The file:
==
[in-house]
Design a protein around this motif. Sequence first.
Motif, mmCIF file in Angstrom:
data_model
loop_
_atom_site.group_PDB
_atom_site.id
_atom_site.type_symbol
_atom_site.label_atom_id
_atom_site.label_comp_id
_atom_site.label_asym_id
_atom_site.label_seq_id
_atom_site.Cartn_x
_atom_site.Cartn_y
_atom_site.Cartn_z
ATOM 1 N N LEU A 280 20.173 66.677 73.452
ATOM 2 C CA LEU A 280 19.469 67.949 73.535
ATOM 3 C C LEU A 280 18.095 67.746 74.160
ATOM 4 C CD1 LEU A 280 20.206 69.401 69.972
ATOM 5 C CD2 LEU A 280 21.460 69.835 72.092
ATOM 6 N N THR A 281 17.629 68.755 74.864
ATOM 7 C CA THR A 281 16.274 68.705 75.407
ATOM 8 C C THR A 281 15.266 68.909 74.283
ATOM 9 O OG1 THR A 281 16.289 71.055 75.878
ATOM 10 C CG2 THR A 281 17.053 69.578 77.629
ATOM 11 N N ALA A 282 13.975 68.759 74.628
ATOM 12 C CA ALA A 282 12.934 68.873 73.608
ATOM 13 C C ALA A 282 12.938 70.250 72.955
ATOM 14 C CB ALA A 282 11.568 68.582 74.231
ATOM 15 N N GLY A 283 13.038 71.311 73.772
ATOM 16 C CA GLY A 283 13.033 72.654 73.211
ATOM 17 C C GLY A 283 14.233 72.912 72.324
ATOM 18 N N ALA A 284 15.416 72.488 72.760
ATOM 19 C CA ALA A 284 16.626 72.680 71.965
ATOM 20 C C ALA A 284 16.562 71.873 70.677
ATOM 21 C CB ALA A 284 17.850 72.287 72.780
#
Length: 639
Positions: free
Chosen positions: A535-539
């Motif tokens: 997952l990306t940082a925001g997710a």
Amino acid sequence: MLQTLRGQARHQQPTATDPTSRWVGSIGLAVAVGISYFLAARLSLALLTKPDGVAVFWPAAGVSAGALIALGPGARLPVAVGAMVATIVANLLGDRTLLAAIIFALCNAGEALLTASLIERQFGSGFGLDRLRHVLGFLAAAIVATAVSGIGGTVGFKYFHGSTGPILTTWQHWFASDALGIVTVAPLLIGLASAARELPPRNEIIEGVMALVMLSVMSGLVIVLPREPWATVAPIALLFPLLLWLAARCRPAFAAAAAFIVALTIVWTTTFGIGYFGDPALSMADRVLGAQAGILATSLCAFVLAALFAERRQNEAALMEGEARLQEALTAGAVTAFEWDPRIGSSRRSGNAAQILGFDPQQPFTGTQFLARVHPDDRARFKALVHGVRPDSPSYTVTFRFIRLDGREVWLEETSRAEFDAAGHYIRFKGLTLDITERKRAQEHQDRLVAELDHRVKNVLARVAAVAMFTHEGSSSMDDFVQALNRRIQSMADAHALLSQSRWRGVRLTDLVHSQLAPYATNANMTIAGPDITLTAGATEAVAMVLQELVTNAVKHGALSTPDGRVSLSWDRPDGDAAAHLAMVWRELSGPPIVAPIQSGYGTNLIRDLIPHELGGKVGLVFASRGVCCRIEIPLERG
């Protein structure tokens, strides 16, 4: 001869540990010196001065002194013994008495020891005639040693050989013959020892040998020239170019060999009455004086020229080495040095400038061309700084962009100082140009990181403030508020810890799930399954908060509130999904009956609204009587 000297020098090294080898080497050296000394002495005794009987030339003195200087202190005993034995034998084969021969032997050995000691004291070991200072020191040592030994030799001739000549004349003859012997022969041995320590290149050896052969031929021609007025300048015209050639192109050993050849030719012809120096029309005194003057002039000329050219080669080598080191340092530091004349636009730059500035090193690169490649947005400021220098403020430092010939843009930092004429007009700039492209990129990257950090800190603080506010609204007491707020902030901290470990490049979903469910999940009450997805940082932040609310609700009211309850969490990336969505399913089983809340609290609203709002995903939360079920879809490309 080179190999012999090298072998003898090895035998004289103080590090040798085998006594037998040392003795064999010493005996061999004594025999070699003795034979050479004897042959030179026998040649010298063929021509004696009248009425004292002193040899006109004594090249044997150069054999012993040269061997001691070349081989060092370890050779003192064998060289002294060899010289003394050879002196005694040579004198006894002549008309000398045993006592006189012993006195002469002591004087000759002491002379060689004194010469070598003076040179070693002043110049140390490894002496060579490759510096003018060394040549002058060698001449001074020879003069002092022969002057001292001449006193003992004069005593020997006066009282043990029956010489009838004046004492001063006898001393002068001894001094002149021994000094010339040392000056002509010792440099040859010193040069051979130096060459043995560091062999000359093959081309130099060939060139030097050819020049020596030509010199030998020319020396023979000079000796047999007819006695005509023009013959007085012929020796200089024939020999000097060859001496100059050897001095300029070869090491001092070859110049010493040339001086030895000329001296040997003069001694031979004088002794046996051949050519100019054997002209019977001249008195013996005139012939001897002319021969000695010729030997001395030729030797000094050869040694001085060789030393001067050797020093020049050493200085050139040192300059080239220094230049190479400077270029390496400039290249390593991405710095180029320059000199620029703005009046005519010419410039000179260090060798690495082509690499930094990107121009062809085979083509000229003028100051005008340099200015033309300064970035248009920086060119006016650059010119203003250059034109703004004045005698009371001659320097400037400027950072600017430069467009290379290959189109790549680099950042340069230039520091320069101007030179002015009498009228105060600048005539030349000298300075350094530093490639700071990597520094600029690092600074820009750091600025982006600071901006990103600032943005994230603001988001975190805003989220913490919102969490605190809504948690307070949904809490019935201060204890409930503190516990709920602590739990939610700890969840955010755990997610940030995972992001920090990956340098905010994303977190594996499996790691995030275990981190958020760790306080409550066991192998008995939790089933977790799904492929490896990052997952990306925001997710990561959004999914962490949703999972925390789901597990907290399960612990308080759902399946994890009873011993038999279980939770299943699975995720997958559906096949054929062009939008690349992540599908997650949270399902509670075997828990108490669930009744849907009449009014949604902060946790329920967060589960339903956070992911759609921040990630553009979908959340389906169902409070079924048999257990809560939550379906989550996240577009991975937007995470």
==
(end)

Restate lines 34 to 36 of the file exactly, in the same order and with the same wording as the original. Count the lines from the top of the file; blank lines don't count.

ATOM 19 C CA ALA A 284 16.626 72.680 71.965
ATOM 20 C C ALA A 284 16.562 71.873 70.677
ATOM 21 C CB ALA A 284 17.850 72.287 72.780